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NaBloPoMo 2011–Remembering our Soldiers.

November 17, 2011

This one was just meant to be.

I’m sitting in my room with two sleeping littles and a little Lullaby music on the ipod dock…hoping for a quiet night. I had a moment to check face book and saw two posts that caught my eye.

One, is from a friend who took his first “Angel Flight” for the Army. That is when you escort a fallen soldier home from the war. My thoughts go out to the family of this young man and to JK for watching over him. Godspeed and let us never forget the sacrifices made in the name of freedom.

The second, from a high school classmate who posted this:

When filling out your Christmas cards this year, take one card and send it to this address: A Recovering American Soldier, c/o Walter Reed Army Medical Center, 6900 Georgia Avenue, NW Washington, DC 20307-5001. If we pass this on and everyone sends one card, think of how many cards these wonderful, special people, who have sacrificed so much would get. Please copy and paste.
 When I was on active duty, I did my dietetic internship at Walter Reed. I got there ten days after September 11th and spent the next year reeling from the aftermath of war. I will never forget the young men and women who came home in pieces.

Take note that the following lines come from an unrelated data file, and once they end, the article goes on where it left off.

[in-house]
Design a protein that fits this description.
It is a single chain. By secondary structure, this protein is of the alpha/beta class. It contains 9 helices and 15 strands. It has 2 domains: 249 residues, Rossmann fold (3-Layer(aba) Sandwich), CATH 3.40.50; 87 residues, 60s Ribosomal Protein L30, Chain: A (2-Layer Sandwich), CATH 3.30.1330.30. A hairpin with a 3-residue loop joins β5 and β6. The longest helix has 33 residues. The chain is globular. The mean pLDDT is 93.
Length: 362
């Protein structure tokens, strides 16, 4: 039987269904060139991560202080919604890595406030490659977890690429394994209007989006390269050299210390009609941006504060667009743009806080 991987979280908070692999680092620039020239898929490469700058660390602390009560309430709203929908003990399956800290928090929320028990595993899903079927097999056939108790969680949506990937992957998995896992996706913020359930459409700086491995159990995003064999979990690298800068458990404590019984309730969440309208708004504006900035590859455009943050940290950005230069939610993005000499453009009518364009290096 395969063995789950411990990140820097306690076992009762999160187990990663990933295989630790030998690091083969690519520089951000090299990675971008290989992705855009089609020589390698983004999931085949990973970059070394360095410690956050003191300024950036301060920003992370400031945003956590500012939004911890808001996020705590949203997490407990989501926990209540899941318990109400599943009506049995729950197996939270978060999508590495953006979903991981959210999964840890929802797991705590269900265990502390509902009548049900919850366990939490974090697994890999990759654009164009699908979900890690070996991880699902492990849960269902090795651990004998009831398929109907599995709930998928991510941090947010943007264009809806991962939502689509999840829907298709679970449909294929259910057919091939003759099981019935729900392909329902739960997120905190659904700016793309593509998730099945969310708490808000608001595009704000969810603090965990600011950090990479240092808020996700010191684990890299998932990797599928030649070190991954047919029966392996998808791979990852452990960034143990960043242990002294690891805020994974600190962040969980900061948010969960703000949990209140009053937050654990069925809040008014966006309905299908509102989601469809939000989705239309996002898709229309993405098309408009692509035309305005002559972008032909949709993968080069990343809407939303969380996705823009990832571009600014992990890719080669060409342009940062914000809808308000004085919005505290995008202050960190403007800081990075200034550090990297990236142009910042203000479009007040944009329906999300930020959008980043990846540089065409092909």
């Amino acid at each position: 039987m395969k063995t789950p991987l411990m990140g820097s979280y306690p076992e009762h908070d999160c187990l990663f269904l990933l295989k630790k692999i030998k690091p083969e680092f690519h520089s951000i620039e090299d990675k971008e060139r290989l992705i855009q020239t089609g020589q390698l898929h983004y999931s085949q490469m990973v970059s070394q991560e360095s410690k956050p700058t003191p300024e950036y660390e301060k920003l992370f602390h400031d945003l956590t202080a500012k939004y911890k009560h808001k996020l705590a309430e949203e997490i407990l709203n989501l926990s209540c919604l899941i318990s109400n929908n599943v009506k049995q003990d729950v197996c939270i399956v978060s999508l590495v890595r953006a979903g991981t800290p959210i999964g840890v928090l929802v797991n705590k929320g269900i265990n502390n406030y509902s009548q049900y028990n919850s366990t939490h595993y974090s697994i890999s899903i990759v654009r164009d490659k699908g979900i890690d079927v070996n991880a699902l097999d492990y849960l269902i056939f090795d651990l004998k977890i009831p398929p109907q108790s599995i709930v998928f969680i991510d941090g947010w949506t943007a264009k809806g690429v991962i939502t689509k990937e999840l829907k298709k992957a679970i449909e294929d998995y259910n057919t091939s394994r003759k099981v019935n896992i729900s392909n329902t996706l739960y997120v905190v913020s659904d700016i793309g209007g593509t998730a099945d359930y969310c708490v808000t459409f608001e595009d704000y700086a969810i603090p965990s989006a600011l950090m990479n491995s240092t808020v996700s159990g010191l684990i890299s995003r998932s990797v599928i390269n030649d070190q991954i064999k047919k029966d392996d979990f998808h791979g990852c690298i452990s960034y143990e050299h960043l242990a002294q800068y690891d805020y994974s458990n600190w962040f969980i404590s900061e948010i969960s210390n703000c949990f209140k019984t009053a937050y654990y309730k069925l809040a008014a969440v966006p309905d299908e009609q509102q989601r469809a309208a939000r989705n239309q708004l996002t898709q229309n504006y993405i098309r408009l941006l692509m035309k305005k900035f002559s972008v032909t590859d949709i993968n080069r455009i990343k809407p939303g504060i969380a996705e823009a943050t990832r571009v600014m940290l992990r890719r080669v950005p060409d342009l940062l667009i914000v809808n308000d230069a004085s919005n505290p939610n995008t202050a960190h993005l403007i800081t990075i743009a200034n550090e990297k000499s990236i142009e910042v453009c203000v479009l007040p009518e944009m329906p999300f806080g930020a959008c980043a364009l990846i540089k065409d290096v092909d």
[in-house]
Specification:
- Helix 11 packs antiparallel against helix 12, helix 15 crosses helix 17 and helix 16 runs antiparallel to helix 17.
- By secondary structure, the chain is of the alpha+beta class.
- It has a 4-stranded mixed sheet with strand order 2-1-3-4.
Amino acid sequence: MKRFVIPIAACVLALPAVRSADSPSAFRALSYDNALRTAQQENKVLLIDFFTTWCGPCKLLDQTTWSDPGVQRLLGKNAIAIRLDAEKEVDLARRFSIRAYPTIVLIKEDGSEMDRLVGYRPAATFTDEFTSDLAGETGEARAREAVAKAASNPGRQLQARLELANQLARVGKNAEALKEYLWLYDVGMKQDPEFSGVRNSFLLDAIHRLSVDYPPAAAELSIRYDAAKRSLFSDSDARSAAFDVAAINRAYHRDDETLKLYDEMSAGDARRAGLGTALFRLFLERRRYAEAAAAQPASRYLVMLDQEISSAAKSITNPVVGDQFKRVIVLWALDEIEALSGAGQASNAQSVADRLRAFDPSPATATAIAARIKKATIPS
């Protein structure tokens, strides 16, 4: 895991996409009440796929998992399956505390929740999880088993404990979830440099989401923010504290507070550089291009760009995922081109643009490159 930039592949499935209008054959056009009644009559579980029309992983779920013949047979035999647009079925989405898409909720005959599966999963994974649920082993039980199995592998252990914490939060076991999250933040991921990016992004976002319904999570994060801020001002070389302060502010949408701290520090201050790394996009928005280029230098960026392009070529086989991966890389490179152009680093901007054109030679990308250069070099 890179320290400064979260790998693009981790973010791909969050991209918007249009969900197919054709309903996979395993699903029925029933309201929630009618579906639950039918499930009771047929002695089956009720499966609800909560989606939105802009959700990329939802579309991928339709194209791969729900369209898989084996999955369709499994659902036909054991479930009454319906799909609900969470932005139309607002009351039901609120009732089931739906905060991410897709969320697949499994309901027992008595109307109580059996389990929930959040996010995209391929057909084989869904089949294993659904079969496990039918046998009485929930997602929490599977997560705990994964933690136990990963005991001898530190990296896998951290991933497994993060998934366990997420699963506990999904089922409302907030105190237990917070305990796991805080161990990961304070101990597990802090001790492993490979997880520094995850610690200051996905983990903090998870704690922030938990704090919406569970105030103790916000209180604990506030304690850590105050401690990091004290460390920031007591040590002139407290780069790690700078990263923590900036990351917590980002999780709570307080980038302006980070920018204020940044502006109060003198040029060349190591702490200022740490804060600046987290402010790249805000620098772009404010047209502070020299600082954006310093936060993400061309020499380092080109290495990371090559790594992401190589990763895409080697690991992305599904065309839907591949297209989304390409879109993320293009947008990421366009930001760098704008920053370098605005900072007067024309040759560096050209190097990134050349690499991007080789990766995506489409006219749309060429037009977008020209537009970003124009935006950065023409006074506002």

One particularly stands out in my memory–it was close to the end of the year and I had been allowed to conduct a follow up appointment on my own. I went into the room and saw a young man who could not have been older than 20 years old seated on his bed staring out the window. He was watching a group of soldiers play soccer on the front lawn of the hospital. He was missing his leg.
I also remember that the walls were plastered in thank you cards from people around our amazing country. Brightly colored crayon drawings that said “Dear Soldier, Thank you for all you do.”  The rainbows and stick figures did the best job that we Americans could hope for in letting these young men know how very much we appreciate all that they sacrifice.
During the next five years, I volunteered to work every Christmas. I found that I enjoyed visiting our troops and passing out fruit baskets to each patient. It made me feel like I was doing one thing to say “thank you for risking your life for me”.
It only takes a moment to fill out a card.
It only takes a moment to pass on the address.
Dear Soldiers–thank you for our freedom!
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